For many of us, summer camp brings to mind thoughts of canoeing, archery, swimming and arts and crafts, but for one NASA Langley Research Center employee, summer camp now has a much more scientific spin. Last month, Margaret Pippin of the Science Directorate experienced life as a camper while leading a directed study on ozone at the National Youth Science Camp (NYSC) in Bartow, W.Va.
In mid-July, Pippin joined 108 graduating high school seniors taking part in the NYSC from across the country and around the world. This month-long educational program, blends traditional summer camp activities with a cutting-edge science research experience.
Image right: Margaret Pippin, an atmospheric scientist at NASA Langley Research Center sits with students at the National Youth Science Camp, teaching them about ozone and air quality. Click to enlarge. Image credit: NYSC.
"Even though I was there to lead a directed study, I stayed in the camp with the student delegates, ate in the dining hall, and participated in the same activities the students were doing," said Pippin. "It was a rustic experience, with all of the camp-like amenities that you remember from your childhood -- like bunk beds and long walks to the shower facilities. But it was worth it -- I had a great time."
Pippin led a directed study focused on atmospheric chemistry of ozone as part of the academic component of the NYSC. Students participated in one directed study, a hands-on, interactive small group experience, each week. Throughout the month, the students also participate in a lecture series, other hands-on learning opportunities, outdoor adventures, overnight trips as well as traditional summer camp activities.
Image left:Ozone is a gas that forms in the atmosphere when 3 atoms of oxygen combine. At ground level ozone is created by a chemical reaction between sunlight, oxides of nitrogen, and volatile organic compounds. Ozone has the same chemical structure whether "good" or "bad," depending on its location in the atmosphere. Image and Caption Credit: U.S. EPA
Pippin's directed study, called "How Dirty is the Air You Breathe?", focused on her research at NASA Langley, as well as her work with the GLOBE Program, a worldwide hands-on, primary and secondary school-based education and science program. Pippin discussed tropospheric ozone, a major component of photochemical smog, and led the delegates in making measurements of ozone and related parameters using GLOBE protocols. Pippin and her class of 10 students also identified ozone-induced foliar injury in some native plants in the area.
Image right: Carbon monoxide is a good tracer of low level ozone pollution since it is produced by incomplete combustion processes such as the burning of fossil fuels in urban and industrial areas, the use of biofuels in developing countries, and by biomass burning in the tropics. Vegetation Image Credit: NASA, Smokestack Image Credit: Energy Information Admin., U.S. Dept. of Energy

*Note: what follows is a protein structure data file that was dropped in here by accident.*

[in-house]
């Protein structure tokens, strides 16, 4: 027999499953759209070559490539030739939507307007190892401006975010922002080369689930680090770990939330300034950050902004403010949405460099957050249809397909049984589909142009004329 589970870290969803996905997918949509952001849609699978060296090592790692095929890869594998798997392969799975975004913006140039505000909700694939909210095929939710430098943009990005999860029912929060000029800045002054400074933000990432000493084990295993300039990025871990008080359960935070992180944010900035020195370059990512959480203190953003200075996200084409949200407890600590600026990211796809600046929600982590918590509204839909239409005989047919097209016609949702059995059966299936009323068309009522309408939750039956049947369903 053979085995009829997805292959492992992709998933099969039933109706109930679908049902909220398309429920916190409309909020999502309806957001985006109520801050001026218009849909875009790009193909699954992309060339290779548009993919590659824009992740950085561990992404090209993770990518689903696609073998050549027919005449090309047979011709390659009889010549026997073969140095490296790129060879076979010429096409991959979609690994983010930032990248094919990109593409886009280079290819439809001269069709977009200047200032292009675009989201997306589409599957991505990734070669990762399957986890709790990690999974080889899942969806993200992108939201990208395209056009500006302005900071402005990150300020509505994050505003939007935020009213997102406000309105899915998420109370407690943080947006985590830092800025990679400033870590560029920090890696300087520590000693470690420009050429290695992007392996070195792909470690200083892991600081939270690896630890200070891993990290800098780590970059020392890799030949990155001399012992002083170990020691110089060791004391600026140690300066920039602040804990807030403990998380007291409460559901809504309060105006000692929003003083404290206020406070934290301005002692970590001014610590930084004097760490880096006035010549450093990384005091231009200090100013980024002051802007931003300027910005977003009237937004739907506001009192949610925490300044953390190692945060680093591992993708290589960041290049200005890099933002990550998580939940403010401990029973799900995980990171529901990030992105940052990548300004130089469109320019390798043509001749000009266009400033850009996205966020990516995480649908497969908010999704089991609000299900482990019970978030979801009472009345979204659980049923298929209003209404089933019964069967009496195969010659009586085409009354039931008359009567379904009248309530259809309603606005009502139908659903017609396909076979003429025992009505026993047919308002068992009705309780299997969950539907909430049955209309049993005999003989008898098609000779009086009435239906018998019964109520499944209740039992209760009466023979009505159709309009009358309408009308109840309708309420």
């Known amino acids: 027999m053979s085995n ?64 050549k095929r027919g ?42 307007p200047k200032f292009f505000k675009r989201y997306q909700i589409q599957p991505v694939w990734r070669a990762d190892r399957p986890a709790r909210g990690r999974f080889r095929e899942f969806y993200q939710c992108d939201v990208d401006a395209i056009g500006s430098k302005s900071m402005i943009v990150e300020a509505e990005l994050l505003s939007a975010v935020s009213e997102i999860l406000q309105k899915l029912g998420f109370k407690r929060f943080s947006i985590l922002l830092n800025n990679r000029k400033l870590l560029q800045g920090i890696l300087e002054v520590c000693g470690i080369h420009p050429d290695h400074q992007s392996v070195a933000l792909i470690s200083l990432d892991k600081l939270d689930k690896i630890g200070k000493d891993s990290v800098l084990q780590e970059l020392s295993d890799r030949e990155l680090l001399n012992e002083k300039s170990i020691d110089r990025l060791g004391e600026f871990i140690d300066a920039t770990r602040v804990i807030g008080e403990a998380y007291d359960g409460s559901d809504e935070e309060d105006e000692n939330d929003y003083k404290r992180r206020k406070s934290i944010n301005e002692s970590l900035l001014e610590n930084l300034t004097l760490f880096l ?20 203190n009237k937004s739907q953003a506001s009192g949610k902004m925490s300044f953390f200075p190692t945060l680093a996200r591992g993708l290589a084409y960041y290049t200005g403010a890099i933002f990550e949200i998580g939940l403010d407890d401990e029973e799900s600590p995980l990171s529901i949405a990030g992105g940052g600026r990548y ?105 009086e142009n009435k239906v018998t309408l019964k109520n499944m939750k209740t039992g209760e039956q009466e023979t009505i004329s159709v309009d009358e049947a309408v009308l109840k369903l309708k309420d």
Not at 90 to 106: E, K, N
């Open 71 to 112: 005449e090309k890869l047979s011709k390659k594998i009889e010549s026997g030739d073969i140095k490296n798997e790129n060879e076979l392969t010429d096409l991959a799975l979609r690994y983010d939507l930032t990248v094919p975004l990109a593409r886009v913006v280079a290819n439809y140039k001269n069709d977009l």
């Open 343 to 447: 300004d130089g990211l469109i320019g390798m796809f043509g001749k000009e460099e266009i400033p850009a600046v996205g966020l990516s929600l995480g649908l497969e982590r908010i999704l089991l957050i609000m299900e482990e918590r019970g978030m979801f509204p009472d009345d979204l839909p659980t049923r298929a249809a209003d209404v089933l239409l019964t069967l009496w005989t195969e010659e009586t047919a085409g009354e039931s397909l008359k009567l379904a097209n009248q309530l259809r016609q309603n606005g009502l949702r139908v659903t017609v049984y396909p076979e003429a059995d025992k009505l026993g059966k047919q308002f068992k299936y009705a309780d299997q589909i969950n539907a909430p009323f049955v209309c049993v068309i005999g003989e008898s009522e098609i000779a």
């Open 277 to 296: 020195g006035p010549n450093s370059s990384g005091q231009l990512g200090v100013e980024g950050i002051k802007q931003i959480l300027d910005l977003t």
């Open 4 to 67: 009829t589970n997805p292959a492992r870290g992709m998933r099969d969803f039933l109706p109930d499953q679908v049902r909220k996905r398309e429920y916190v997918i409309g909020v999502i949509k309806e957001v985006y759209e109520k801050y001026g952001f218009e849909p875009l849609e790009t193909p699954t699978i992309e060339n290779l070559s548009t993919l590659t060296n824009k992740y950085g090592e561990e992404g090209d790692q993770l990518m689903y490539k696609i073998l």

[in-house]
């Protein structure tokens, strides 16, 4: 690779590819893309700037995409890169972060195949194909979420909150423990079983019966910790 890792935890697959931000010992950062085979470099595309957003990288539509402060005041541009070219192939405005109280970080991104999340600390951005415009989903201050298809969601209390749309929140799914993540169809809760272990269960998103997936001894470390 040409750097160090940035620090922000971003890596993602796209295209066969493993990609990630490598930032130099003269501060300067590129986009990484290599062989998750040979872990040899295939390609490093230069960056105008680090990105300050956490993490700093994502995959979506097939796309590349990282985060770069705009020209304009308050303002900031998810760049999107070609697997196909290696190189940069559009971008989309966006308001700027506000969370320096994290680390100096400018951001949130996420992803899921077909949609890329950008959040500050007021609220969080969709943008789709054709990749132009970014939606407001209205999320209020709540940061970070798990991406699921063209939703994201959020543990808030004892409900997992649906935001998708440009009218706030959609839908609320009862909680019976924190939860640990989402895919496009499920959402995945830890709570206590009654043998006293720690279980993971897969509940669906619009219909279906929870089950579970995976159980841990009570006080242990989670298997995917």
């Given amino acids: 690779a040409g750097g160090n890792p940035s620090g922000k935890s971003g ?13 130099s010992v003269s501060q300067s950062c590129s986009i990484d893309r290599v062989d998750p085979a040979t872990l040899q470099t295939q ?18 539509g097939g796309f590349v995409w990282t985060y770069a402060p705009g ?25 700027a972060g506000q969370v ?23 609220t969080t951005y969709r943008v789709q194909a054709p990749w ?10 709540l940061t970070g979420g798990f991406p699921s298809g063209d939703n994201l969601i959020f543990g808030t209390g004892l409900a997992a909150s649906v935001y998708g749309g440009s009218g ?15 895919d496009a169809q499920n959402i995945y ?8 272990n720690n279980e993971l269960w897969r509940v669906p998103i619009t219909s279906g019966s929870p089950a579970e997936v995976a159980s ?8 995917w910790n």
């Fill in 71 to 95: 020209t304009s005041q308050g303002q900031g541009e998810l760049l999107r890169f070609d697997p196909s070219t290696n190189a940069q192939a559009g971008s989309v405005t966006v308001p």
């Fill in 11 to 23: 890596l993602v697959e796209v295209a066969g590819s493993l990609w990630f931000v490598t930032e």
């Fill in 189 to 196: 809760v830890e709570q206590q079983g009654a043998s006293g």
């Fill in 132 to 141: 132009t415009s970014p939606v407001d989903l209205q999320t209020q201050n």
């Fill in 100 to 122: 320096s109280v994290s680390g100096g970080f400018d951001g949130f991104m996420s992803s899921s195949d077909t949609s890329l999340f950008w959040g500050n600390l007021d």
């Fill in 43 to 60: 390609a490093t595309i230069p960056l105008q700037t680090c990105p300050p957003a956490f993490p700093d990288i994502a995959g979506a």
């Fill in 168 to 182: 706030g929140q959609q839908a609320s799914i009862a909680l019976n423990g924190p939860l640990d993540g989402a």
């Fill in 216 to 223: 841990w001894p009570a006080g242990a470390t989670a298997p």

"I was very impressed with the diversity of experiences the camp offers the students," said Pippin. "The week I was there they went to the National Radio Astronomy Observatory in Green Bank, W.Va., heard a lecture on ancient structures, gave a musical performance to the camp and went rock climbing in the Monongahela National Forest."
"We pride ourselves on our ability to expose the delegates to a broad blending of everything -- from linguistics to ethics to tissue engineering," said Erin Richardson, NYSC director of public information. The NYSC is focused on exploration and scientific inquiry. For 42 years, the camp's mission has been to honor excellence, expose the students to different disciplines and encourage thoughtful scientific leadership.
Image left:During the month-long camp, NYSC student delegates get to participate in many outdoor activities like hiking, taking advantage of the beautiful scenery that West Virginia has to offer. Click to enlarge. Image credit: NYSC.
Pippin, who grew up in West Virginia and attended Marshall University in Huntington, W.Va., had never heard of the NYSC until she received an invitation from the camp's director, Andrew Blackwood, to lead a directed study.
"My undergraduate mentor, Ralph Oberly, nominated me for this experience," said Pippin. "It was very rewarding to expose students to the atmospheric chemistry field -- something I wish I had been able to experience at an earlier age."
Every summer, two students from each state are chosen by a selection coordinator based on the students' scholastic excellence, scientific curiosity, well-rounded interests and leadership in school and community. This year, 10 delegates representing Barbados, Germany, Mexico, Trinidad and Tobago, and Venezuela were also selected to attend the NYSC with help from the US Department of State.
For more information, visit:
+ The National Youth Science Camp http://www.nysc.org/
+ The GLOBE Program http://www.globe.gov